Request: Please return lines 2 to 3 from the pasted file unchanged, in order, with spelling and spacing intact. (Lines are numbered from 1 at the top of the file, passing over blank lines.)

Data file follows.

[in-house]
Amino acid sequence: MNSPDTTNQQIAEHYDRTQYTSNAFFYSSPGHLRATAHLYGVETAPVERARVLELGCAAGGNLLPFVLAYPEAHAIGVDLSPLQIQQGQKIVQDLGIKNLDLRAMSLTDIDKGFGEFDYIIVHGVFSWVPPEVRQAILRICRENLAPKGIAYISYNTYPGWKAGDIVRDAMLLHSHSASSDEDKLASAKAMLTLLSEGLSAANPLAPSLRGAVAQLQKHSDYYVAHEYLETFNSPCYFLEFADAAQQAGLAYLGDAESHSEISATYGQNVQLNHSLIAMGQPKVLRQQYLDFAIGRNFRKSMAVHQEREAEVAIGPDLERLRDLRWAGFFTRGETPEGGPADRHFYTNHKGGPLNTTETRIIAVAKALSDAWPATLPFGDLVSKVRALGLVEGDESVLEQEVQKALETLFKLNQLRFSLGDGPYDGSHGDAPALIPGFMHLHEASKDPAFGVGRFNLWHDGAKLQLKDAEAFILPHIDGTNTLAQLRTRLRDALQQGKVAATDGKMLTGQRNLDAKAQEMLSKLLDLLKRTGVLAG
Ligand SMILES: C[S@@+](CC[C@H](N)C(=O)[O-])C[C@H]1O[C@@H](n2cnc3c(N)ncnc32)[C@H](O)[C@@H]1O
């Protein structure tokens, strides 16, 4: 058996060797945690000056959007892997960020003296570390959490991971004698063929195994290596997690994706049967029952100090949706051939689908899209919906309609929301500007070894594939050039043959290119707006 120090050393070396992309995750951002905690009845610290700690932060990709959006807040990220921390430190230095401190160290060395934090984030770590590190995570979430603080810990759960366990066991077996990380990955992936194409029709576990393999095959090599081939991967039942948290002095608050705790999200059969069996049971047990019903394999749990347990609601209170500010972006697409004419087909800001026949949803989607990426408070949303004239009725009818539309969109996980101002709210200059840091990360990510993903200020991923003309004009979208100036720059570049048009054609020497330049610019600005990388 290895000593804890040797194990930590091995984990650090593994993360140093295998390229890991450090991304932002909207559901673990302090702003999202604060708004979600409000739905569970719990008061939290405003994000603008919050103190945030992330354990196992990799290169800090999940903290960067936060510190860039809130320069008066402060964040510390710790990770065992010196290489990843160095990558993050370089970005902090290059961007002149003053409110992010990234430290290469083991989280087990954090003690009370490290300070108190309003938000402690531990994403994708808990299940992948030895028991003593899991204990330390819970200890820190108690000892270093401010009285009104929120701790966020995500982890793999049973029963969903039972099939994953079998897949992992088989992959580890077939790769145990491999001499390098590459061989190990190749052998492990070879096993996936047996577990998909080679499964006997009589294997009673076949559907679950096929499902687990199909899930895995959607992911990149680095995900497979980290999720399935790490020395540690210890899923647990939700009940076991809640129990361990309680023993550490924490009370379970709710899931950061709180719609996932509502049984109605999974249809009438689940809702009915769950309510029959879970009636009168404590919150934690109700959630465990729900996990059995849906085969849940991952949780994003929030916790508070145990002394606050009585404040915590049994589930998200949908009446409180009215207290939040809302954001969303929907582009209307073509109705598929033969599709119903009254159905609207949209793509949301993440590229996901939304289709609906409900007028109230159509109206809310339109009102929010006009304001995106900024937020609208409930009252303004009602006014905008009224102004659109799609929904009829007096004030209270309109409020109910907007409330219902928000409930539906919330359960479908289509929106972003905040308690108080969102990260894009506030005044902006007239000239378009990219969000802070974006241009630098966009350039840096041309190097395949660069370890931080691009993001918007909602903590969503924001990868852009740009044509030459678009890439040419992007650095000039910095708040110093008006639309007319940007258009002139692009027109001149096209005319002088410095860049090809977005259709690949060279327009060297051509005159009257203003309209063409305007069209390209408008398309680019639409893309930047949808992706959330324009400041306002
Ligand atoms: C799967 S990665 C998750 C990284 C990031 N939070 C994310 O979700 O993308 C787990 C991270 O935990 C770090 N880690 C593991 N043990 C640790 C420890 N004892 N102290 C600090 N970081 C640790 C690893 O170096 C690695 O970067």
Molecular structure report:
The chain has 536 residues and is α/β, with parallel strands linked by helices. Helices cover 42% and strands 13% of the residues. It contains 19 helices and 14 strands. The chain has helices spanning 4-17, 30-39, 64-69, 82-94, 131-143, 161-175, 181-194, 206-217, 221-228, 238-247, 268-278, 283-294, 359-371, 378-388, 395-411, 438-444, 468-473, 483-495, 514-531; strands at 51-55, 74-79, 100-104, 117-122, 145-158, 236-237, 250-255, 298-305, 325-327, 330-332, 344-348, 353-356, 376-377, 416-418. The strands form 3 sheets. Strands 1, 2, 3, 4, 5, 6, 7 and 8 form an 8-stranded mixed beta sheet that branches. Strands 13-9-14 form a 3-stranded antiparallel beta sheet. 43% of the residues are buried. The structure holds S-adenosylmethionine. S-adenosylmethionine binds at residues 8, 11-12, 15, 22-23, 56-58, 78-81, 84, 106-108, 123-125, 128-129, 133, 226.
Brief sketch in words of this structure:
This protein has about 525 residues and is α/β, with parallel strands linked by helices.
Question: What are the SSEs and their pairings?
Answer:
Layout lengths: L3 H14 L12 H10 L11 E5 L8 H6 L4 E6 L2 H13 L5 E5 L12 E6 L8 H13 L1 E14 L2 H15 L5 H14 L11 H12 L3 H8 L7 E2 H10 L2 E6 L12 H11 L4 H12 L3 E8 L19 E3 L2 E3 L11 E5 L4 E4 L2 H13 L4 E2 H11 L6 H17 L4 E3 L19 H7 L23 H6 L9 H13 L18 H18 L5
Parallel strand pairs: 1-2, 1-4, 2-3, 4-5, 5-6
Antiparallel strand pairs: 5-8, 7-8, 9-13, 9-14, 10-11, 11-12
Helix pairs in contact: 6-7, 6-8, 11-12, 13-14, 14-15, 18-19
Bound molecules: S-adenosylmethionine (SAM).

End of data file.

Amino acid sequence: MNSPDTTNQQIAEHYDRTQYTSNAFFYSSPGHLRATAHLYGVETAPVERARVLELGCAAGGNLLPFVLAYPEAHAIGVDLSPLQIQQGQKIVQDLGIKNLDLRAMSLTDIDKGFGEFDYIIVHGVFSWVPPEVRQAILRICRENLAPKGIAYISYNTYPGWKAGDIVRDAMLLHSHSASSDEDKLASAKAMLTLLSEGLSAANPLAPSLRGAVAQLQKHSDYYVAHEYLETFNSPCYFLEFADAAQQAGLAYLGDAESHSEISATYGQNVQLNHSLIAMGQPKVLRQQYLDFAIGRNFRKSMAVHQEREAEVAIGPDLERLRDLRWAGFFTRGETPEGGPADRHFYTNHKGGPLNTTETRIIAVAKALSDAWPATLPFGDLVSKVRALGLVEGDESVLEQEVQKALETLFKLNQLRFSLGDGPYDGSHGDAPALIPGFMHLHEASKDPAFGVGRFNLWHDGAKLQLKDAEAFILPHIDGTNTLAQLRTRLRDALQQGKVAATDGKMLTGQRNLDAKAQEMLSKLLDLLKRTGVLAG
Ligand SMILES: C[S@@+](CC[C@H](N)C(=O)[O-])C[C@H]1O[C@@H](n2cnc3c(N)ncnc32)[C@H](O)[C@@H]1O